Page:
BY LORRIE WOHLFEIL
There’s almost nothing more frustrating than that perfect A-paper loan that goes belly-up 6 months after approval. I think we’ve all had that happen more than once. But what if there was a way to predict which of those seemingly “good loans” would go bad? While there’s no perfect system out there, at Lending Solutions Consulting we believe there are some telltale signs of trouble in most of these cases. Over the next few months, we’ll be examining a number of examples of these types of loans and featuring them in this column to see if we can identify some patterns to help credit unions recognize red flags ahead of time.
To start off, here’s a snapshot of a portfolio analysis we performed for one of our clients. (Note: All of these loans were sent to us because they were “A” business that went south in a very short time period, and left the credit union baffled):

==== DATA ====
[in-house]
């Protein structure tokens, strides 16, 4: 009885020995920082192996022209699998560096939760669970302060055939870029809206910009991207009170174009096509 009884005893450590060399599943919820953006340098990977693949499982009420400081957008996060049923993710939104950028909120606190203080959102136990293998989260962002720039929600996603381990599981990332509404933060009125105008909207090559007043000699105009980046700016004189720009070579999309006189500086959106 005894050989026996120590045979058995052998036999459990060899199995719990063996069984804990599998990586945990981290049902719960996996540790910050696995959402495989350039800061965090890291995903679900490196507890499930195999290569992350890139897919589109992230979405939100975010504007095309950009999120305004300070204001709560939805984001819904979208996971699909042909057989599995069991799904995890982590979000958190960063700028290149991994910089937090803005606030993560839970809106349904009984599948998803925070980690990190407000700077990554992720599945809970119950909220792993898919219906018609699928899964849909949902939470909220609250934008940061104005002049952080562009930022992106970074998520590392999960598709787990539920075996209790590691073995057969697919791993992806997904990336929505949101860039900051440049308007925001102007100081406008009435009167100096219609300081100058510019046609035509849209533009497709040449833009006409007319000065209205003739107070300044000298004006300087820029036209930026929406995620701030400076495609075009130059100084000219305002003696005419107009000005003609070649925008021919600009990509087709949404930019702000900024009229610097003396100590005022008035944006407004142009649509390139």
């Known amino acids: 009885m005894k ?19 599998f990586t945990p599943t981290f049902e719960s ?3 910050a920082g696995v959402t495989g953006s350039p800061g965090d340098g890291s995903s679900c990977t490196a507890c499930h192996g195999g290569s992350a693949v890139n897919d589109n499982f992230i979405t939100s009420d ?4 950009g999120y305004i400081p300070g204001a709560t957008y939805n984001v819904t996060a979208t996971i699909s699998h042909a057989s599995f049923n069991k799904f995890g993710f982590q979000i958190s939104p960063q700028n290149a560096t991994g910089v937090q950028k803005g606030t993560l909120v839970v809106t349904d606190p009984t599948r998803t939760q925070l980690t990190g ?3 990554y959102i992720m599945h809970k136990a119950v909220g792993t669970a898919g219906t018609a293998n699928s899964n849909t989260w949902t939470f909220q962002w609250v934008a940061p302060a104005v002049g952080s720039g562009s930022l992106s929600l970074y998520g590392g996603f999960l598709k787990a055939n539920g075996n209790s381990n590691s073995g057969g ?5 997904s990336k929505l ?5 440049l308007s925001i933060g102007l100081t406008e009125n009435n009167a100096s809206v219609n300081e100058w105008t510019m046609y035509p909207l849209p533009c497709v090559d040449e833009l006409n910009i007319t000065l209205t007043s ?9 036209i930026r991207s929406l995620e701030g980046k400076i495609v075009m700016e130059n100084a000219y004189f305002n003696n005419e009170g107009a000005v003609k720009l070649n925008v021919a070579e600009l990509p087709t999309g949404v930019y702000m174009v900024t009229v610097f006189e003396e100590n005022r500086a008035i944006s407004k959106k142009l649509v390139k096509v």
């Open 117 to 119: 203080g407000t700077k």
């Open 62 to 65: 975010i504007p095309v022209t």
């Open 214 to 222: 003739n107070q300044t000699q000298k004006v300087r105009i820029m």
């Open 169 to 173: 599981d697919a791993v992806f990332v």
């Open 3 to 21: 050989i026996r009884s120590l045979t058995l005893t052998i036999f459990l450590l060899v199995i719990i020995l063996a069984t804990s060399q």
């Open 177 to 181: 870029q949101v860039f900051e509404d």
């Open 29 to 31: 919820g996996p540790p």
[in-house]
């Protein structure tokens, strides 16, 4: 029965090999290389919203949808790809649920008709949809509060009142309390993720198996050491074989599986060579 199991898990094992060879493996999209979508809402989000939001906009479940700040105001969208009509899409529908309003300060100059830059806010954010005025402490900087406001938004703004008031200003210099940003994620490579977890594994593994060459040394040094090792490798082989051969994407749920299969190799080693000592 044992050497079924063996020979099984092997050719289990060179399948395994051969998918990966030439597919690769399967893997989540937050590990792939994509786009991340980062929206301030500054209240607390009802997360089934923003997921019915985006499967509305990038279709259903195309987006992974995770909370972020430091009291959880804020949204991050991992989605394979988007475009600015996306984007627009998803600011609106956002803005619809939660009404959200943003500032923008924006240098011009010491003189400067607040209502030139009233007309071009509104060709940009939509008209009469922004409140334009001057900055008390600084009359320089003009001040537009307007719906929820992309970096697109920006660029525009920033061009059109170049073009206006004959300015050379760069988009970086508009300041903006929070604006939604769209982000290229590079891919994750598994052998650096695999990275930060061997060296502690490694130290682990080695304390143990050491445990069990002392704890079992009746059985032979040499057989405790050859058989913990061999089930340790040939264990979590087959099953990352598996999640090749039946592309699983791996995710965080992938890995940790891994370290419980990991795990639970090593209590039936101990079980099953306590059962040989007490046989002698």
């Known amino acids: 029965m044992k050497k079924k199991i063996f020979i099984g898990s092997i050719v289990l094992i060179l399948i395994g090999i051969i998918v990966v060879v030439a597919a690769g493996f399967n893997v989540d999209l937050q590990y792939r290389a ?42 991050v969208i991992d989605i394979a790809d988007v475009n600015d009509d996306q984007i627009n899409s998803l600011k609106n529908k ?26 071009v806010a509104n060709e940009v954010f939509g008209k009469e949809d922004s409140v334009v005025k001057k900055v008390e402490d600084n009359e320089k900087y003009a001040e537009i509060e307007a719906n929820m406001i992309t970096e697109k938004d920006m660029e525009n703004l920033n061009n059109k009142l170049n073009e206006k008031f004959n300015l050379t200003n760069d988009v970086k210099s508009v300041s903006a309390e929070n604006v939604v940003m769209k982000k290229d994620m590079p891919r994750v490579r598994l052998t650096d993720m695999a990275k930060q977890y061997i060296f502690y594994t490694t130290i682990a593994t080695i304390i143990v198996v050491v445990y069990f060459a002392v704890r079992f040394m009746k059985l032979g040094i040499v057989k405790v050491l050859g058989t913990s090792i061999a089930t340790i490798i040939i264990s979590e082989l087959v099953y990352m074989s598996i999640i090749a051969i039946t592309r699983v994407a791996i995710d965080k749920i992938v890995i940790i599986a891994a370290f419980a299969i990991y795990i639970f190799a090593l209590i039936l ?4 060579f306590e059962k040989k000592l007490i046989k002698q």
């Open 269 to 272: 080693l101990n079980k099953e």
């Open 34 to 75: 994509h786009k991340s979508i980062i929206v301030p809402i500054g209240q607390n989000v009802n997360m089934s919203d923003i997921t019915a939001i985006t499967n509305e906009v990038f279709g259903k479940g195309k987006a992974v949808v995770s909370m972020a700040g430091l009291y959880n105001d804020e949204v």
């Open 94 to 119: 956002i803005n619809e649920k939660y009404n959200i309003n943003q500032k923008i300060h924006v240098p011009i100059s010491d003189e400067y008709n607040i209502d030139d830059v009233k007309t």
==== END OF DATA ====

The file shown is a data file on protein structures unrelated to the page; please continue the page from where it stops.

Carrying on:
|Name||Age||Sec. D/R||LTV||Score||HYLS||Drop Rate||Score Code Trend|
What do all these loans have in common? First, with an average age of 26, they are relatively young. While not a red flag in and of itself, age is relevant when it pairs up with these other factors that are prevalent here:
- High secured debt ratio
- High loan-to-value (all over 100% ltv)
- High relative credit scores, but in 3 out of the 5 cases, the score is not valid
- HYLS dropped the scores on average of 21%
Let’s take a closer look at the factors mentioned above. The first two items, secured debt ratio and high ltv, are pretty self-explanatory. And again, any one of these factors by themselves, do not mean a loan is going to go bad. But when you start to have multiple factors present, you can see some common themes develop.
Valid Credit Score:
When we talk about a score not being valid, we believe a credit report needs to needs to have 3 things for the score to be legitimate: